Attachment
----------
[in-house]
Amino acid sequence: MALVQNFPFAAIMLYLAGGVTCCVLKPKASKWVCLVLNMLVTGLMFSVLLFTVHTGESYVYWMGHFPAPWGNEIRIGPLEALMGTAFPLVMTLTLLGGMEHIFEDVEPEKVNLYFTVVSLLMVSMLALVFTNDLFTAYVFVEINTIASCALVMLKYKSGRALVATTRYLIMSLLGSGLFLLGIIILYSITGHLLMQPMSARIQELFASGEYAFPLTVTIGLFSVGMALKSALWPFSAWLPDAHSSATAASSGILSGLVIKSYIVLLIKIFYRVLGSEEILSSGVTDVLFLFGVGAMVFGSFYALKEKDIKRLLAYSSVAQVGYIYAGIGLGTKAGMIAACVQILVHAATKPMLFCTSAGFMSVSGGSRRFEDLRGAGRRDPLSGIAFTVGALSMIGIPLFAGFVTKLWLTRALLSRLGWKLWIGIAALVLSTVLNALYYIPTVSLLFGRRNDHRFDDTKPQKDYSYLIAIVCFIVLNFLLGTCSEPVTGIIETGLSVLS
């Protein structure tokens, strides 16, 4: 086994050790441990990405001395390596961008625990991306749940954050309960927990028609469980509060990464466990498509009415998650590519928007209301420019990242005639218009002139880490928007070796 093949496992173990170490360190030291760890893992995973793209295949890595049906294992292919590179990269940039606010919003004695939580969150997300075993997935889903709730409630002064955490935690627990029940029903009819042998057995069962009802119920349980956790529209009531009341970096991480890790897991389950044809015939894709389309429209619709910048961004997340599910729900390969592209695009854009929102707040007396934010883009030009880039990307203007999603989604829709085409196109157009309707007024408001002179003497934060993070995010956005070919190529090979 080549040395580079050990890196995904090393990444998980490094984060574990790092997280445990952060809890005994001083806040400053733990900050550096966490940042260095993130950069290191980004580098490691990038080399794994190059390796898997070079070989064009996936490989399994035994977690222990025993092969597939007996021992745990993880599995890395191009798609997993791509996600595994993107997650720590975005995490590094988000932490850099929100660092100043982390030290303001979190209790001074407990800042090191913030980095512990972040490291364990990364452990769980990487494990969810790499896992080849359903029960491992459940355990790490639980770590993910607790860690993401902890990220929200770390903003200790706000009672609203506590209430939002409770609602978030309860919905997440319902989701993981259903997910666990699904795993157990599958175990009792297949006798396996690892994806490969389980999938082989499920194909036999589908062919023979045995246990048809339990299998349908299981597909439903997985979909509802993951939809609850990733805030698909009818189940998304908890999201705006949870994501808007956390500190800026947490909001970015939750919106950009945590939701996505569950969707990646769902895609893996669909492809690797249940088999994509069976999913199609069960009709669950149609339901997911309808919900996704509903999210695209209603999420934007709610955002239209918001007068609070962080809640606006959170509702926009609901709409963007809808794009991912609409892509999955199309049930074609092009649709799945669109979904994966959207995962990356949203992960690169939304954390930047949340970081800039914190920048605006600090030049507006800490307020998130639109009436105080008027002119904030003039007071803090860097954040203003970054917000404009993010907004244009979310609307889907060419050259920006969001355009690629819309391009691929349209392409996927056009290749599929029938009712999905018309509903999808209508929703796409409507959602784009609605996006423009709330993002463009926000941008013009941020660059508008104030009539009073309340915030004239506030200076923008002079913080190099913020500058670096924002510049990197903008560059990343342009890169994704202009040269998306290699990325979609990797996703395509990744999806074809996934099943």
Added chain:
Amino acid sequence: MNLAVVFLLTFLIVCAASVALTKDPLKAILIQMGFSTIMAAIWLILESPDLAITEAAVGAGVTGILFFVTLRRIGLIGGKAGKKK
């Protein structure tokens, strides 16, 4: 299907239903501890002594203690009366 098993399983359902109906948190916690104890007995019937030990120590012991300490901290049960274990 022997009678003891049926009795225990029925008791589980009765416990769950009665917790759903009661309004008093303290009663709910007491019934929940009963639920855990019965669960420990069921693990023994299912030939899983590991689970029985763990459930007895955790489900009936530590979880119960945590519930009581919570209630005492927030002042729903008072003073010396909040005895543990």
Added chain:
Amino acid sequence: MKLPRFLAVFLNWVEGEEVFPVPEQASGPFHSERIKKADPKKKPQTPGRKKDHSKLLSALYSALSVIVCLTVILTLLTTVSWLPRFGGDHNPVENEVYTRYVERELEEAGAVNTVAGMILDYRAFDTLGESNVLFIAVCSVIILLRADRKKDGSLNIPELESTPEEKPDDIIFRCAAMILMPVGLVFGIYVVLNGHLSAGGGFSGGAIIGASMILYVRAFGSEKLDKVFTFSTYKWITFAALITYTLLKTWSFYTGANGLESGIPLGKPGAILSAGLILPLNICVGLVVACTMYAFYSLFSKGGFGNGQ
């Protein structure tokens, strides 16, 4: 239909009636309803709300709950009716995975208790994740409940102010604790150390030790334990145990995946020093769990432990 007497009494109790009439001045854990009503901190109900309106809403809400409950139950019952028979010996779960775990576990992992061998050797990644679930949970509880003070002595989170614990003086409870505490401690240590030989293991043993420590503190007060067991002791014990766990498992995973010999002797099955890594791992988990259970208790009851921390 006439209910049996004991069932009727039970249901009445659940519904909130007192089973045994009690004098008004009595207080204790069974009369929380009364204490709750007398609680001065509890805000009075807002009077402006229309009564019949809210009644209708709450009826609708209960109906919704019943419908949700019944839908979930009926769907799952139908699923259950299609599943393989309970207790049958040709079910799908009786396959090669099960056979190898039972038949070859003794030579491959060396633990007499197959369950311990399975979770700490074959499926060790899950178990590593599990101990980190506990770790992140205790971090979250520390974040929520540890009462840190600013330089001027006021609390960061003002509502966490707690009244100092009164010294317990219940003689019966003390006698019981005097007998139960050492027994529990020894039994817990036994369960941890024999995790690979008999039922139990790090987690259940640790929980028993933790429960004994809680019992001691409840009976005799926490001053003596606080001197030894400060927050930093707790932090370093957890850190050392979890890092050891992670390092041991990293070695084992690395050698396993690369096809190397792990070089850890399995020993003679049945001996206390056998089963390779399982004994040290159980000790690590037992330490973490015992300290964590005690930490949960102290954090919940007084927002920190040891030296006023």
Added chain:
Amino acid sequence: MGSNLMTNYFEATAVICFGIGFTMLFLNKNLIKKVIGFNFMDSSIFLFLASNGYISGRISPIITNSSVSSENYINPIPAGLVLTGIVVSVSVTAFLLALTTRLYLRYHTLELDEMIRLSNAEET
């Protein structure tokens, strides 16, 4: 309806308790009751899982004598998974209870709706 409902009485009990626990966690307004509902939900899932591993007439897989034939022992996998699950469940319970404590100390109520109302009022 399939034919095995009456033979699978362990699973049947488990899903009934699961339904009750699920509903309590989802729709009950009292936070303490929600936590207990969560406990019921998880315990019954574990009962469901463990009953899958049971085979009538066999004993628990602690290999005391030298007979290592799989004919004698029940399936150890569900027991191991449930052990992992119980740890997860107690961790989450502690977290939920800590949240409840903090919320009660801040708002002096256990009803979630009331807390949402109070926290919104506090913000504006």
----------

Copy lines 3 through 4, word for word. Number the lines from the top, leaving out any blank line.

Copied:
């Protein structure tokens, strides 16, 4: 086994050790441990990405001395390596961008625990991306749940954050309960927990028609469980509060990464466990498509009415998650590519928007209301420019990242005639218009002139880490928007070796 093949496992173990170490360190030291760890893992995973793209295949890595049906294992292919590179990269940039606010919003004695939580969150997300075993997935889903709730409630002064955490935690627990029940029903009819042998057995069962009802119920349980956790529209009531009341970096991480890790897991389950044809015939894709389309429209619709910048961004997340599910729900390969592209695009854009929102707040007396934010883009030009880039990307203007999603989604829709085409196109157009309707007024408001002179003497934060993070995010956005070919190529090979 080549040395580079050990890196995904090393990444998980490094984060574990790092997280445990952060809890005994001083806040400053733990900050550096966490940042260095993130950069290191980004580098490691990038080399794994190059390796898997070079070989064009996936490989399994035994977690222990025993092969597939007996021992745990993880599995890395191009798609997993791509996600595994993107997650720590975005995490590094988000932490850099929100660092100043982390030290303001979190209790001074407990800042090191913030980095512990972040490291364990990364452990769980990487494990969810790499896992080849359903029960491992459940355990790490639980770590993910607790860690993401902890990220929200770390903003200790706000009672609203506590209430939002409770609602978030309860919905997440319902989701993981259903997910666990699904795993157990599958175990009792297949006798396996690892994806490969389980999938082989499920194909036999589908062919023979045995246990048809339990299998349908299981597909439903997985979909509802993951939809609850990733805030698909009818189940998304908890999201705006949870994501808007956390500190800026947490909001970015939750919106950009945590939701996505569950969707990646769902895609893996669909492809690797249940088999994509069976999913199609069960009709669950149609339901997911309808919900996704509903999210695209209603999420934007709610955002239209918001007068609070962080809640606006959170509702926009609901709409963007809808794009991912609409892509999955199309049930074609092009649709799945669109979904994966959207995962990356949203992960690169939304954390930047949340970081800039914190920048605006600090030049507006800490307020998130639109009436105080008027002119904030003039007071803090860097954040203003970054917000404009993010907004244009979310609307889907060419050259920006969001355009690629819309391009691929349209392409996927056009290749599929029938009712999905018309509903999808209508929703796409409507959602784009609605996006423009709330993002463009926000941008013009941020660059508008104030009539009073309340915030004239506030200076923008002079913080190099913020500058670096924002510049990197903008560059990343342009890169994704202009040269998306290699990325979609990797996703395509990744999806074809996934099943």
Added chain: